Cancer sticks

It seems that this page though published once has disappeared. So here it is again

Yesterday I had many occasions to weep. A lot of nostalgia. Some misery. Some anger. Some joy. All for love.

I was searching through a bag full of my daughter’s ancient cameras which were lurking in a corner of my son’s room when I came across these items. Two unusual cigarette lighters and a leather pouch, designed to hold a pack of cigarettes, so far a so ordinary, but with a little attachment for non- rechargeable lighter. I opened the pouch and there were a a few cigarettes poking out, as if to say, what a waste. Why didn’t you smoke me to the very tip too. ,

My mother’s. She died, primarily of lung cancer, in 2006. She had smoked all her adult life, and the cigarette seemed to define her. For me she was like Audrey Hepburn, graceful, glamorous, and never without a fag in her hand. She never apologised for it. Even when social pressures developed. The first time we went to a restaurant which had just introduced no smoking rooms, she insisted we went somewhere else! I rarely remember her so assertive.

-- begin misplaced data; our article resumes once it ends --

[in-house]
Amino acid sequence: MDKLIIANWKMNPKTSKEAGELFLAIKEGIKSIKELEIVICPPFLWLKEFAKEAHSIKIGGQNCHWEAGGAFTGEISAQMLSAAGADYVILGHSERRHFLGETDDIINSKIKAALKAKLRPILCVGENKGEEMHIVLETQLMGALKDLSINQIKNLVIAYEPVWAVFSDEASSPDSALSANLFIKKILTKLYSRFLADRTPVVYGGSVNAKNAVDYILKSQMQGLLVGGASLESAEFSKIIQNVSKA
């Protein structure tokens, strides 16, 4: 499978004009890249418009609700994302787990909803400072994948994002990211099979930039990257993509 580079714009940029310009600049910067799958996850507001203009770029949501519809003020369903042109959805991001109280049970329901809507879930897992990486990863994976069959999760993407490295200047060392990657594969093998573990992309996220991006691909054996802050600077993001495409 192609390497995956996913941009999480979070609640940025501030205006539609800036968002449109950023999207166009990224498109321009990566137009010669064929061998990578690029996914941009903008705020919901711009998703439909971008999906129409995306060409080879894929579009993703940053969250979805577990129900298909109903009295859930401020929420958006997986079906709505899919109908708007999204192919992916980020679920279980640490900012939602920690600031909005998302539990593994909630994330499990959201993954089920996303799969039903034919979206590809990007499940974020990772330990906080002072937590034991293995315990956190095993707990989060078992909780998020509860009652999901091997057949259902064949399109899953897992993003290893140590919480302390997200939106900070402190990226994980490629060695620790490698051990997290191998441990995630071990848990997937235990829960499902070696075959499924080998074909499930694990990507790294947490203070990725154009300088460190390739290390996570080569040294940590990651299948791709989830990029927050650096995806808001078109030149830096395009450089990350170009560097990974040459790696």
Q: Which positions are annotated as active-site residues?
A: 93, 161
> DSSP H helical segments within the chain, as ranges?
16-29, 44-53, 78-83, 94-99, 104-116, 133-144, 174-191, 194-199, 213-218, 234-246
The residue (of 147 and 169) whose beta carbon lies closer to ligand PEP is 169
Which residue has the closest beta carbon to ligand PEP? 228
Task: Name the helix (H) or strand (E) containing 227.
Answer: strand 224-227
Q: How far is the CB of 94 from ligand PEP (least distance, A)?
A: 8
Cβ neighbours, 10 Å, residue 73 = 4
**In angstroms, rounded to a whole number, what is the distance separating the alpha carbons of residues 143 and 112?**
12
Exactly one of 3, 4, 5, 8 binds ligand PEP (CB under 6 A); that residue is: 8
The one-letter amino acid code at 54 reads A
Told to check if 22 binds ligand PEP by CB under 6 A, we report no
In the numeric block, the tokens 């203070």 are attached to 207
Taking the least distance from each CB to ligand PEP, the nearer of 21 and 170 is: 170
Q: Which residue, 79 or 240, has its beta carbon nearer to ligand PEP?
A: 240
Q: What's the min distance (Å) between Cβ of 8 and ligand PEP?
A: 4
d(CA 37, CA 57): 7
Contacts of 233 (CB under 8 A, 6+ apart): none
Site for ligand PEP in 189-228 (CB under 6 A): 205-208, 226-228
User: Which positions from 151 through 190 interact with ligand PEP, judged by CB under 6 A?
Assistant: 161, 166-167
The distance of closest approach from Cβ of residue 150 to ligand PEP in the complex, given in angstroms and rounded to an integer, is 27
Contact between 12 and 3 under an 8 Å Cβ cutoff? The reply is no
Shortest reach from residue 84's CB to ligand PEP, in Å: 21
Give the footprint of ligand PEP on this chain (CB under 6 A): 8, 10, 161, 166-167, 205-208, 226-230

Smoking for her was a way of life, a comfort, a prop, part of personality and style. It killed her, but she accepted it. Her oft repeated mantra was – of course no one knew how bad it was. Was that entirely true? I don’t know.

What I do know, is that her particular scent, tobacco mixed with the strong sweet eau de parfum, acts like a Proustian madeleine, and when it hit my nostrils after 16 or so years, it was particularly poignant.

A strange post, I suppose, and although I wept briefly, the actual aroma of the pouch brought back many extremely happy memories.

Tomorrow is the feast of the Magi. May they bring you health, wealth and happiness.

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